The Trump administration announced on Monday it will further tighten restrictions on Huawei Technologies, aimed at cracking down on the Chinese telecommunications giant access to commercially available chips.
The Commerce Department actions, first reported by Reuters, will expand restrictions announced in May aimed at preventing Huawei from obtaining semiconductors without a special license — including chips made by foreign firms that have been developed or produced with U.S. software or technology
In a statement Monday, Secretary of State Mike Pompeo said the Commerce Department added 38 Huawei affiliates to the U.S. government’s economic blacklist. That raises the total to 152 affiliates since Huawei was first added in May 2019.
“The Trump Administration sees Huawei for what it is — an arm of the Chinese Communist Party’s (CCP’s) surveillance state — and we have taken action accordingly,” Pompeo said in the statement. “We will not tolerate efforts by the CCP to undermine the privacy of our citizens, our businesses’ intellectual property, or the integrity of next-generation networks worldwide.”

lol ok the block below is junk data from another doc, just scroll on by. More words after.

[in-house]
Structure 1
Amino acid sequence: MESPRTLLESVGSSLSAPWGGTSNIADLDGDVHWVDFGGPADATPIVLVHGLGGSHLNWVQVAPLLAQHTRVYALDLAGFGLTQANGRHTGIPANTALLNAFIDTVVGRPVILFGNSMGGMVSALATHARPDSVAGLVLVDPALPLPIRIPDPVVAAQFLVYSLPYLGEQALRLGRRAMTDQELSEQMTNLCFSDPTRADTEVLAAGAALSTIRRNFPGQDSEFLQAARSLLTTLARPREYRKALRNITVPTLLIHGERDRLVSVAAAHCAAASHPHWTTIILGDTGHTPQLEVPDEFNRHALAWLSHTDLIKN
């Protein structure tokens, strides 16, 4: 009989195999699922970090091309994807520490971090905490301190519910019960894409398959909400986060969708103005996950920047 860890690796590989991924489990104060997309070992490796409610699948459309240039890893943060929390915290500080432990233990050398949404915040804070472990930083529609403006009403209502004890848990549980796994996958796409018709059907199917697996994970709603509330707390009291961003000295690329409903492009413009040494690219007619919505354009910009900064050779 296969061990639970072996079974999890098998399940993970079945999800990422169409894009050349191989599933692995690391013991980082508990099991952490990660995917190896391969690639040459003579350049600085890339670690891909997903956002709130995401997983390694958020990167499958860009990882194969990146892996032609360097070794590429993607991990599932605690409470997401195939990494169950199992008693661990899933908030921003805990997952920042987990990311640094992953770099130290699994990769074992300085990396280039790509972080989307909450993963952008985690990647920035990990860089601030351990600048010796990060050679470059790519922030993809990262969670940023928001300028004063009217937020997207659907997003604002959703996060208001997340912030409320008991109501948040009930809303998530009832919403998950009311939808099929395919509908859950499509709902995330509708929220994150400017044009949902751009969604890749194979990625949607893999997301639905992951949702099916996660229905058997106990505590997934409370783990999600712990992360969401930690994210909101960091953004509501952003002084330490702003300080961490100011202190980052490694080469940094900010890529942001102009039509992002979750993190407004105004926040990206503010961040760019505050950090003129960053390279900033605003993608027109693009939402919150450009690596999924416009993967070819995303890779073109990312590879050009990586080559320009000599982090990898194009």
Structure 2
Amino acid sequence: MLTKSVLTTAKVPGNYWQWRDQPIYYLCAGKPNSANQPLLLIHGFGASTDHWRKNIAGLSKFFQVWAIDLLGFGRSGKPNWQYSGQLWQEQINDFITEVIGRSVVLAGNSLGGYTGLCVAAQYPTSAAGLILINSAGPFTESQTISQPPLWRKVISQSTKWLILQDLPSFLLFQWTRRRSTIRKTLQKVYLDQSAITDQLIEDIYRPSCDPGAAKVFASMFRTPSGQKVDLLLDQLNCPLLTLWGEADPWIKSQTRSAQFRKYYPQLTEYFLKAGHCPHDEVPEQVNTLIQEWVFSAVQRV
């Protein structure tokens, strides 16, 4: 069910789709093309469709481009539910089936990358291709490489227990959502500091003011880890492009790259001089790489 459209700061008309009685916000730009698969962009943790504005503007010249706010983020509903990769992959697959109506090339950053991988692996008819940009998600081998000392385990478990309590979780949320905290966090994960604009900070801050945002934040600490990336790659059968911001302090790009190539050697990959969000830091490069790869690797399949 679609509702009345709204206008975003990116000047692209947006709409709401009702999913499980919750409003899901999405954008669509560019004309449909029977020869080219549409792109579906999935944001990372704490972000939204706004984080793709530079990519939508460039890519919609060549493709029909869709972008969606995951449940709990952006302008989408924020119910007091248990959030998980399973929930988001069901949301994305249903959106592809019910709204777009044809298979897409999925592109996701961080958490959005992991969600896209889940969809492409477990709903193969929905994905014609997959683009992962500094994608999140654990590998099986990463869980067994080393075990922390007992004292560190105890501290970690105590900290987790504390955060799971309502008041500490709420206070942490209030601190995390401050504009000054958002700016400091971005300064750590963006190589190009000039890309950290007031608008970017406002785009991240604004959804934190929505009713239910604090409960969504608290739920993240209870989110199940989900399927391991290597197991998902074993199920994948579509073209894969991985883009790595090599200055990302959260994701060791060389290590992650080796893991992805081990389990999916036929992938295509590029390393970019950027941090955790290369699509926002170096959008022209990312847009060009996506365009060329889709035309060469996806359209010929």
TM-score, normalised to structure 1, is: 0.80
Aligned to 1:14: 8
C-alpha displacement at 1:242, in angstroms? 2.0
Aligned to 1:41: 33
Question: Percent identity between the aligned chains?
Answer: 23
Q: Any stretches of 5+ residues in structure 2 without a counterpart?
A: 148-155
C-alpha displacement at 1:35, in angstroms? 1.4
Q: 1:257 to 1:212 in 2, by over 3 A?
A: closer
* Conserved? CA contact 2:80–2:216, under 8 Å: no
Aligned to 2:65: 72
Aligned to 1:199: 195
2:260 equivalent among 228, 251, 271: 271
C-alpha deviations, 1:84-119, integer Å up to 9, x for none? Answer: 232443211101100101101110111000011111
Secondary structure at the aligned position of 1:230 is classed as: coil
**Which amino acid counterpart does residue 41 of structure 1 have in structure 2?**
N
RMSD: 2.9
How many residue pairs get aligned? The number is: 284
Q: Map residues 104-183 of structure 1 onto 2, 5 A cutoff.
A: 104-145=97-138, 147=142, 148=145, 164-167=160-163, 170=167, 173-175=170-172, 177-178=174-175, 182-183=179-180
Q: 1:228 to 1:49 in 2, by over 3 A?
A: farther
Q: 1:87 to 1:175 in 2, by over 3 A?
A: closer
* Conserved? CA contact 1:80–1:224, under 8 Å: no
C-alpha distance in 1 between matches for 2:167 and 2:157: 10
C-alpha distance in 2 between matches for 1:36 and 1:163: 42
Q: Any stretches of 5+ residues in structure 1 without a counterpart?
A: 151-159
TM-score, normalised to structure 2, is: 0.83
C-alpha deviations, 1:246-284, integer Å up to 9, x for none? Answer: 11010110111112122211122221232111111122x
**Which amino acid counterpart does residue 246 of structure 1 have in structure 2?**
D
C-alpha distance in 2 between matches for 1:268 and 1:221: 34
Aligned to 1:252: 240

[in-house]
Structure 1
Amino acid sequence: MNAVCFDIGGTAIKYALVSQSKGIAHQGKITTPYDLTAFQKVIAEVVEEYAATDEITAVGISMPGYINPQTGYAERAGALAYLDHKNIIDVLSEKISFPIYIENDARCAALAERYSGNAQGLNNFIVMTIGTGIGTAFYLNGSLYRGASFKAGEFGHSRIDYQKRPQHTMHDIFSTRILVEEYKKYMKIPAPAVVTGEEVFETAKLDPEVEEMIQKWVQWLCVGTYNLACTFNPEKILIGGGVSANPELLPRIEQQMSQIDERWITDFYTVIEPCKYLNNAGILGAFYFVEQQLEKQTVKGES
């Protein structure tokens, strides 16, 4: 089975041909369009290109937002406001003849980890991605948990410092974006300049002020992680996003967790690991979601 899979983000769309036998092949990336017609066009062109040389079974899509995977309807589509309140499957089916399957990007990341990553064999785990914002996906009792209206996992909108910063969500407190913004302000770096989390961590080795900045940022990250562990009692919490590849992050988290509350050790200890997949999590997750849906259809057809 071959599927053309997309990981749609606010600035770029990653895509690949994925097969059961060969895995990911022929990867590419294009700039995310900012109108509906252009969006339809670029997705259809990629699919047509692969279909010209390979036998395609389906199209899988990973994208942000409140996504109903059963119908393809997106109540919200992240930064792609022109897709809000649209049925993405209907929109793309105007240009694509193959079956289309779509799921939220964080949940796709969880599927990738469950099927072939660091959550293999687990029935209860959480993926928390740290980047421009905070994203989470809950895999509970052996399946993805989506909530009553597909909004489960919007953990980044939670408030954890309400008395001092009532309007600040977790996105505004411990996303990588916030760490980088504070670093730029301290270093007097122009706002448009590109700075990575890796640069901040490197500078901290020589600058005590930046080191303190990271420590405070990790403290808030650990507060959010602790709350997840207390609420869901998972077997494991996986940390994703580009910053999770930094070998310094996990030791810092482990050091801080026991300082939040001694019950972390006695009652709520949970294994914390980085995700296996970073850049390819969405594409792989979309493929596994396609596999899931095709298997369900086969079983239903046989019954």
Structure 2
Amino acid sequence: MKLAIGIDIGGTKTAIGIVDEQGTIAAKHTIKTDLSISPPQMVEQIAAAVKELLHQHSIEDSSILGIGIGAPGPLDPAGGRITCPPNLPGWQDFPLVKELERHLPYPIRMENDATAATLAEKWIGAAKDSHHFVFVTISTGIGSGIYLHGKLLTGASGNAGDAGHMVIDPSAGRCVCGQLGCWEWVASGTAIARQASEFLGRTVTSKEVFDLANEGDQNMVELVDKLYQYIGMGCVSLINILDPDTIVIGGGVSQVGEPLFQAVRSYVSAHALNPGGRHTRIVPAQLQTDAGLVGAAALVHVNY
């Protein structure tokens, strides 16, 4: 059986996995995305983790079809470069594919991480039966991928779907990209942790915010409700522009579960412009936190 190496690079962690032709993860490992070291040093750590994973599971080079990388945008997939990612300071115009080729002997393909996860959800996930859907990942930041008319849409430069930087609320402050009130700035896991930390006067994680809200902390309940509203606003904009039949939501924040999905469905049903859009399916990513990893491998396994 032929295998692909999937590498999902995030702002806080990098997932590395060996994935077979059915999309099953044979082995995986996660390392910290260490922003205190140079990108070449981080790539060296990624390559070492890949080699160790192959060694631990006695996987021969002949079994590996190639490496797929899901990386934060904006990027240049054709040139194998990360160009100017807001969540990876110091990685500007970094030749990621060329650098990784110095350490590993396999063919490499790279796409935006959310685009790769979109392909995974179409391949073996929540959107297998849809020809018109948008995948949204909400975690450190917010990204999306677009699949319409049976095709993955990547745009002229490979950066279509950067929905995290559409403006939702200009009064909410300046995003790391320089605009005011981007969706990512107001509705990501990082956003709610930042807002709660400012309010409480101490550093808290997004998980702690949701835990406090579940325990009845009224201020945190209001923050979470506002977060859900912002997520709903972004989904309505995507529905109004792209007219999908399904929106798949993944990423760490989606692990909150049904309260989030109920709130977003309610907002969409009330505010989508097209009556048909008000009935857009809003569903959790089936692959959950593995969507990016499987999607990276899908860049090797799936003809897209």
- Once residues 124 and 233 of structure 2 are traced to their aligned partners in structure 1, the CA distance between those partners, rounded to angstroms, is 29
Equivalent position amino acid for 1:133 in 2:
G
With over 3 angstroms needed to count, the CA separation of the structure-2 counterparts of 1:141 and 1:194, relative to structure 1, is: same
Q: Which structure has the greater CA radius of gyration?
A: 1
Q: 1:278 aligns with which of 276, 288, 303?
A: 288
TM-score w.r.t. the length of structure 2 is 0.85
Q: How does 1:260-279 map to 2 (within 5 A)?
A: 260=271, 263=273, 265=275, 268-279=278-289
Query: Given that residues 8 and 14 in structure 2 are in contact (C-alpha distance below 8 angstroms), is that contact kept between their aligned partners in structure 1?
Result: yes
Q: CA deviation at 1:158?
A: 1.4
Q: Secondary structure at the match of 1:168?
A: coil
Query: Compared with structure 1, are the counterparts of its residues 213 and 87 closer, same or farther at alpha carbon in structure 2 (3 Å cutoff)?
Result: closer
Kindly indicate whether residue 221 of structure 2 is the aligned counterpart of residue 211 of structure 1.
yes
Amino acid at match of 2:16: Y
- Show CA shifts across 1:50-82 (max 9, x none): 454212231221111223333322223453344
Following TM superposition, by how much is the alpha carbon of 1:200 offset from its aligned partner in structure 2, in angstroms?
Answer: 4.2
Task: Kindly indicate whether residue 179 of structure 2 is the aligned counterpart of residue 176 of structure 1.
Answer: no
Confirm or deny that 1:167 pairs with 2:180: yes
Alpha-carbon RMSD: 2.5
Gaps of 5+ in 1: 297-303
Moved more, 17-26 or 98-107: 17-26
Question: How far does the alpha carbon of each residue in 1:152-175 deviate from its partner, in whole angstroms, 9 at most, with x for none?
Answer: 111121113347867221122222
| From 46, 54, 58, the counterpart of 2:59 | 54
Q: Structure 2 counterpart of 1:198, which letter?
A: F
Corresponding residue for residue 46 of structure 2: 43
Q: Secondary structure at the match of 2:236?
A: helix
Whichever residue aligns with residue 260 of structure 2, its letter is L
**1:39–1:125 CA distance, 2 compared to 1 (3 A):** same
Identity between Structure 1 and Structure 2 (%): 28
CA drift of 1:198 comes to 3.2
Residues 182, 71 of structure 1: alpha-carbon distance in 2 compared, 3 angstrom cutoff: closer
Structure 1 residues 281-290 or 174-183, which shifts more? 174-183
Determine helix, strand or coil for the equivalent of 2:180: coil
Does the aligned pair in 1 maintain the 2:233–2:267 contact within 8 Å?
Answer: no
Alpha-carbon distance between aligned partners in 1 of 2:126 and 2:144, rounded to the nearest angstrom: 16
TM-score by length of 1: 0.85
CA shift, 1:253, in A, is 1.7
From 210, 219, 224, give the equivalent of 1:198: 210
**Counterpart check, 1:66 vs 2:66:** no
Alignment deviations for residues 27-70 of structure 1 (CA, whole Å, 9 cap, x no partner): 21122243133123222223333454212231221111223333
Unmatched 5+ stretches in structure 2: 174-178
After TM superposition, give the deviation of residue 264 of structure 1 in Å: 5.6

Commerce Secretary Wilbur Ross told Fox Business the restrictions on Huawei-designed chips imposed in May “led them to do some evasive measures. They were going through third parties,” Ross said. “The new rule makes it clear that any use of American software or American fabrication equipment is banned and requires a license.”
Pompeo said the rule change “will prevent Huawei from circumventing U.S. law through alternative chip production and provision of off-the-shelf chips.” He added: “Huawei has continuously tried to evade” U.S. restrictions.
“Expect much more of this president defending this country against China[‘s] efforts to steal our wealth and prosperity,” White House trade advisor Peter Navarro said in an interview Monday
On Aug. 8, financial magazine Caixin reported Huawei will stop making its flagship Kirin chipsets next month due to U.S. pressure on suppliers.
Huawei’s HiSilicon division has relied on software from U.S. companies such as Cadence Design Systems and Synopsys to design its chips and outsourced the production to Taiwan Semiconductor Manufacturing Co., which uses equipment from U.S. companies.
TSMC has said it will not ship wafers to Huawei after Sept. 15.